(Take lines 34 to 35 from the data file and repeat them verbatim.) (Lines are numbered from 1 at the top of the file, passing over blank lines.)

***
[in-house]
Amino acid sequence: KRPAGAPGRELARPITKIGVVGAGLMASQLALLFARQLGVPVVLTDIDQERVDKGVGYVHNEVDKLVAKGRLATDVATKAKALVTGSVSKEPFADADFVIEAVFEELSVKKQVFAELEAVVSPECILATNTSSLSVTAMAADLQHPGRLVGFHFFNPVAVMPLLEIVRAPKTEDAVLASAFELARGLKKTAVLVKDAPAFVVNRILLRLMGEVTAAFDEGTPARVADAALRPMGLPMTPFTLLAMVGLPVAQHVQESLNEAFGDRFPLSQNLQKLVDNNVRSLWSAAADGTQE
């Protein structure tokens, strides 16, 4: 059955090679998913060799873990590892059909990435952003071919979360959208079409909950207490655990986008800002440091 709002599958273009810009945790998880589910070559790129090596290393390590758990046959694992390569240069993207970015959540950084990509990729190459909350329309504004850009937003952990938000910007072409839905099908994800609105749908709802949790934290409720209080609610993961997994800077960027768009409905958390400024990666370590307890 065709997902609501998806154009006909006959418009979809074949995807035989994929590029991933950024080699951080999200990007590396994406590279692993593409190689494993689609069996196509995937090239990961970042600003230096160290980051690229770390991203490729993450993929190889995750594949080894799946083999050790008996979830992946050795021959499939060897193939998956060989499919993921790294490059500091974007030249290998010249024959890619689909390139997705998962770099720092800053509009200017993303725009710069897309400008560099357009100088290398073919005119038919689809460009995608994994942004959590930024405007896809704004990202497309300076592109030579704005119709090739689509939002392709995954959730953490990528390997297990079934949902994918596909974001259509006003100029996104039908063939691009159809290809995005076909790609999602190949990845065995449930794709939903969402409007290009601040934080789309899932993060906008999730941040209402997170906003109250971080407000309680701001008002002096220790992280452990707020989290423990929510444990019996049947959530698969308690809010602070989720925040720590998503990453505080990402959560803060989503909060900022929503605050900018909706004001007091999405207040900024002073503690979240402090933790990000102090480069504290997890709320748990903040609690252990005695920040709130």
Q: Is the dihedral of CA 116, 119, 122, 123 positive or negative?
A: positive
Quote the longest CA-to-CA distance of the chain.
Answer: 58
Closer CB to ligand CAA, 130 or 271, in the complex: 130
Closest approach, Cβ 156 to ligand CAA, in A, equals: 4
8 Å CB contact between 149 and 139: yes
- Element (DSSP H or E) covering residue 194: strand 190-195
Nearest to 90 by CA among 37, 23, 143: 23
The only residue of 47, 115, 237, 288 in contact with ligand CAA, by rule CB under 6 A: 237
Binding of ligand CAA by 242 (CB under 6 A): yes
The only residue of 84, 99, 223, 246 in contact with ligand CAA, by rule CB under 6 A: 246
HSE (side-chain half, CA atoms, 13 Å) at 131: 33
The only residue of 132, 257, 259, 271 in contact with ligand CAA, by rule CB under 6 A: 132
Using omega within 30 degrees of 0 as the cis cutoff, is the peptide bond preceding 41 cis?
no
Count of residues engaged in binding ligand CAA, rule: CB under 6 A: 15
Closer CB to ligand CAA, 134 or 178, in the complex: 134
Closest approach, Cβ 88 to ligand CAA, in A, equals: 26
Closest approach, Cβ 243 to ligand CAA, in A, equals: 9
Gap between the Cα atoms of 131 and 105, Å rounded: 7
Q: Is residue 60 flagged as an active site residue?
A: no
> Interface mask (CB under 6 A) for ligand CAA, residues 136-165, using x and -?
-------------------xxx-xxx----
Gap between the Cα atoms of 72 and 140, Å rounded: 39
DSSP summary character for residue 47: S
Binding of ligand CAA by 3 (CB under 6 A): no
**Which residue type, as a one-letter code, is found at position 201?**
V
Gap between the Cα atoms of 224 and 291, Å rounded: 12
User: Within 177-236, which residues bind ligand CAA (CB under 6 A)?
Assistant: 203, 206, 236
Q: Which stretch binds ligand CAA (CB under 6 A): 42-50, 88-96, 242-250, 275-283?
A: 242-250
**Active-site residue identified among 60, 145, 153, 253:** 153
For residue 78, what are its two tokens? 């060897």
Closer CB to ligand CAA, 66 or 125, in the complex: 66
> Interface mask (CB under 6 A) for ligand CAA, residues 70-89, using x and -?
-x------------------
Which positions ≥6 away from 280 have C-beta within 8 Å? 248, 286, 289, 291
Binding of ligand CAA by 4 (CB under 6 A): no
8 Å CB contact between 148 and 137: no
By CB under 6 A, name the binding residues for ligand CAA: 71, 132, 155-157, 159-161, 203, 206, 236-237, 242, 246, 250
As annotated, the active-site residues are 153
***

Gap between the Cα atoms of 224 and 291, Å rounded: 12
User: Within 177-236, which residues bind ligand CAA (CB under 6 A)?